Lastly, the only other similar comparison I've found is this one over at Tyson Robichaud's site. I think I've known Tyson for some time (assuming its the same Tyson who commented on a post some years ago) and its been interesting to see his development too.

I find that Tyson has summed up (in a slightly different manner to me) well with these comments:
The ease and usefulness of auto focus is something that many of us may take for granted.  It isn’t until I remove that feature that I begin to realize how differently I tend to shoot, compose and interact with subjects. I often enjoy shooting with a manual focus lens as it tends to slow me down and add an air of intentionality in my shooting that often gets overlooked when I’m out and about firing away.
 Indeed, and I'd add to that the by having "stop down" view engaged "automatically" in the manual focus lens you can see immediately the changes in DoF and look of the image which you may forget to do when blazing away with an AF lens.
Either way, and depending on how you look at it, one could be “better” than the other depending on personal taste.  To me, both are good, but different showing that different lenses at the same focal length can indeed produce two very different looking pictures.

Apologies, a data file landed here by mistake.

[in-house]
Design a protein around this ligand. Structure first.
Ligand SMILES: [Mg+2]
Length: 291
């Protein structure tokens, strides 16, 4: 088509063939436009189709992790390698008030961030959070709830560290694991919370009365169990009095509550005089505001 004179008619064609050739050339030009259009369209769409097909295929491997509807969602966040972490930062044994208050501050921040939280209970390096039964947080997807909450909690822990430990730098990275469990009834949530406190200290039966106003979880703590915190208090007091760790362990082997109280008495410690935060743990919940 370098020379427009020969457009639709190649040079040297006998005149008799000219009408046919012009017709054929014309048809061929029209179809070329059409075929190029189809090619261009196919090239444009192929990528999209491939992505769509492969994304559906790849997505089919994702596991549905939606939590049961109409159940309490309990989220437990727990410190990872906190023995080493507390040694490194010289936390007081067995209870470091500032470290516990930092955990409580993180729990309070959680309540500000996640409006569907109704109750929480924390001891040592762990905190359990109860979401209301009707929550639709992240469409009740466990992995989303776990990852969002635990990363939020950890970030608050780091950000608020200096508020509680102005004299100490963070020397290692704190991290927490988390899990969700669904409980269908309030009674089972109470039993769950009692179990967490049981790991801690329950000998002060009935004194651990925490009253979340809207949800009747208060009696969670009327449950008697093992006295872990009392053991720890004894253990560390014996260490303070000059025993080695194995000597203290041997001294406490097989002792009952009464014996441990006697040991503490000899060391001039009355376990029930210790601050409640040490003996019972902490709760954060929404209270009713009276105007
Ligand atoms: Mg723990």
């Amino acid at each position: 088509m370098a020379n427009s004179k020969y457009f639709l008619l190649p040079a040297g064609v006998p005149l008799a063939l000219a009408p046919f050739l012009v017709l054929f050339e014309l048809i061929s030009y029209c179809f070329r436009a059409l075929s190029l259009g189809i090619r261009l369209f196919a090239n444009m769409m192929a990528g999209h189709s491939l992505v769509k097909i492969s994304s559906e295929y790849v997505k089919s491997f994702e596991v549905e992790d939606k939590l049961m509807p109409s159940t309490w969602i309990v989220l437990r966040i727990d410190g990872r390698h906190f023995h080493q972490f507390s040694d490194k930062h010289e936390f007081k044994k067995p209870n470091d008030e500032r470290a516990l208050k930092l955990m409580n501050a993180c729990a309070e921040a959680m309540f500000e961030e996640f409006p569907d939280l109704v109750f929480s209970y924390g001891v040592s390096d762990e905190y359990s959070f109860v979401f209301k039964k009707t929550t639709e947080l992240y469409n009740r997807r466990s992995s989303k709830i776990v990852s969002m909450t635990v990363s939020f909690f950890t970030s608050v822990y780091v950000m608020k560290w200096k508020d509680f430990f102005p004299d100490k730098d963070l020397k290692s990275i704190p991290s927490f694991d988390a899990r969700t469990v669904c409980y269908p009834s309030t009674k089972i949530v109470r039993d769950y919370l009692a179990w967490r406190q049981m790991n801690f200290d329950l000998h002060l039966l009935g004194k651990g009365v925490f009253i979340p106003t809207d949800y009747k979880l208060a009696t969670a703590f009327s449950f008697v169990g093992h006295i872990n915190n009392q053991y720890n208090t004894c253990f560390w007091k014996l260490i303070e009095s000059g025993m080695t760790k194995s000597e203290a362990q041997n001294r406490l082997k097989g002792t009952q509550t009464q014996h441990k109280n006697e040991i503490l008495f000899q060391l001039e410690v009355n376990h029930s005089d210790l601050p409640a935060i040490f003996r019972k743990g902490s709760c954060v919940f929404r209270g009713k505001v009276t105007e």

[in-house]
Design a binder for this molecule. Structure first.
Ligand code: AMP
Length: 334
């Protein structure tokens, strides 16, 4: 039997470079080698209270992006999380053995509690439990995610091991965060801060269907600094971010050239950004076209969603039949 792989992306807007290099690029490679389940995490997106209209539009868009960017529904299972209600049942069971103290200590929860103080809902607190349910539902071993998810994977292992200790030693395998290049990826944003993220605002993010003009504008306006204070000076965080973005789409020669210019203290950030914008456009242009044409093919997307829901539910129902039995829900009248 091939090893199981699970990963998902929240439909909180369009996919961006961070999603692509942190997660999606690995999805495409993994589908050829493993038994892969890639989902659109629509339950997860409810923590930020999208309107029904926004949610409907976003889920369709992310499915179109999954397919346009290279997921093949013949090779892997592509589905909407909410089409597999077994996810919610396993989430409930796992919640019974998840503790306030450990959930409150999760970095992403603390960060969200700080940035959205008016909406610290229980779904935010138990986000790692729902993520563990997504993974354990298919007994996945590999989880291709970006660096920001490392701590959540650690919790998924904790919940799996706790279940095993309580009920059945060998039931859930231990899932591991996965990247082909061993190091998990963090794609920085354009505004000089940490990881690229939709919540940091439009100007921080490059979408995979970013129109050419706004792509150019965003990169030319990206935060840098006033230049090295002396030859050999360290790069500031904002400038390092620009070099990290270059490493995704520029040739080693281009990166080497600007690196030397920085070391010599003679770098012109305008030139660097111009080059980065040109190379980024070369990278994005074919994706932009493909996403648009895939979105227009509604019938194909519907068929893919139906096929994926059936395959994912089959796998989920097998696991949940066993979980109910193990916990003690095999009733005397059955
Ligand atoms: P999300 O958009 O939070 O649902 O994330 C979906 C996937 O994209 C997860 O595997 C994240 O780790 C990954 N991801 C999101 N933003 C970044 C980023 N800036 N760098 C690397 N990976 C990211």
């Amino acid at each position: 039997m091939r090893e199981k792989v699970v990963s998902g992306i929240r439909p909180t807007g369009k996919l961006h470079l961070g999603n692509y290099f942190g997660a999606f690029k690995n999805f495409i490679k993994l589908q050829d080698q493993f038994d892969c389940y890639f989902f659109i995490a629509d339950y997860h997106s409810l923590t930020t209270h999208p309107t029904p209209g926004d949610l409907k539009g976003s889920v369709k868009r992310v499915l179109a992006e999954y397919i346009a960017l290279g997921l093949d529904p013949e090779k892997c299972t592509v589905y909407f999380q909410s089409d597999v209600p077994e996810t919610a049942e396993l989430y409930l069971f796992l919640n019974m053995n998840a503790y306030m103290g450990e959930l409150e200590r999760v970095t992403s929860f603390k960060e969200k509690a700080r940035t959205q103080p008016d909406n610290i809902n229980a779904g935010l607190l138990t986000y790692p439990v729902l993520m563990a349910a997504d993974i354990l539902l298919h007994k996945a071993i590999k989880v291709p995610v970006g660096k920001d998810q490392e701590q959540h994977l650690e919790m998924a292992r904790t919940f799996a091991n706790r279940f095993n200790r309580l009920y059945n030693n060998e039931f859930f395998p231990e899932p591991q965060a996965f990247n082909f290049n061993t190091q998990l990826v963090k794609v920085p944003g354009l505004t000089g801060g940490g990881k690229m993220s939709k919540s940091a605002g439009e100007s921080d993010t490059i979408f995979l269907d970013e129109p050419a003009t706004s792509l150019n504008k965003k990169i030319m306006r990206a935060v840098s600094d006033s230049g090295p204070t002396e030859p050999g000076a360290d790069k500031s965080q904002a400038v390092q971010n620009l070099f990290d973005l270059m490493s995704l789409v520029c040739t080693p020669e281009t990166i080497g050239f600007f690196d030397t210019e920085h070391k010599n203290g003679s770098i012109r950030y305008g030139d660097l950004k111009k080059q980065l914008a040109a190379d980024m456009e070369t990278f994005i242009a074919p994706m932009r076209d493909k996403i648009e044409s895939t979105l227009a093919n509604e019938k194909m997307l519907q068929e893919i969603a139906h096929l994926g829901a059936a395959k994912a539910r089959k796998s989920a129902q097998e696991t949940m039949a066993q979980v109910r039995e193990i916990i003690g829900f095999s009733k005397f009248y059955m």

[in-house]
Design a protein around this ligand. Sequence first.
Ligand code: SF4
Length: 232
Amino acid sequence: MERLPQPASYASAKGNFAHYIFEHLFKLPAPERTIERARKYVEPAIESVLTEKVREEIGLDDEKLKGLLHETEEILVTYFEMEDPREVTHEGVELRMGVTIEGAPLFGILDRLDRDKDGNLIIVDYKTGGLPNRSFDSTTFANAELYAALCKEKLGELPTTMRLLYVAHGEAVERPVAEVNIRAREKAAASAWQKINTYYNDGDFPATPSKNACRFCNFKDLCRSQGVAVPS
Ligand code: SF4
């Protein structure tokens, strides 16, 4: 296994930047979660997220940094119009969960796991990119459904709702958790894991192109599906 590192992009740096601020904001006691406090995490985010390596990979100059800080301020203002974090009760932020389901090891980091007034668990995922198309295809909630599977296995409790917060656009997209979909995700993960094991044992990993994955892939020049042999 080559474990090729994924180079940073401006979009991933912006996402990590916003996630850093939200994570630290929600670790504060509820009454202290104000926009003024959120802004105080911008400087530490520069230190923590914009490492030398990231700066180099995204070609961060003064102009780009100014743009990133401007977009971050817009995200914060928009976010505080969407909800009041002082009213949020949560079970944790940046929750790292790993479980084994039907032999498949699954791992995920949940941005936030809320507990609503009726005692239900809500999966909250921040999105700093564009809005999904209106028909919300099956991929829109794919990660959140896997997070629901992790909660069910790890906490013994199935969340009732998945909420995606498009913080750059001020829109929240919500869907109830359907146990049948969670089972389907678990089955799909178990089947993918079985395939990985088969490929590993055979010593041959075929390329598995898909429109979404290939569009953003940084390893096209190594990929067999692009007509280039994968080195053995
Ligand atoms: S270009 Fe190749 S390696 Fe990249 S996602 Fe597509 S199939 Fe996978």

although with my lens comparison I'd change that to "produce slightly different looking images"

Its also a good post and provides many other comparisons of static identical targets (where the subject does not move nor the position does not move unlike here) for those who would like to see things done that way. I recommend reading his post if you have are considering the Oly 45.

Hope that Helps

1 comment:

Tyson Robichaud said...

What may not come through accurately in our tests is just how small and light this little powerhouse of a lens really is. I often have it fastened to the GM1, which makes for a very compact, very light weight pocket portrait setup with very good quality.

Great writeup, and thanks for the mention!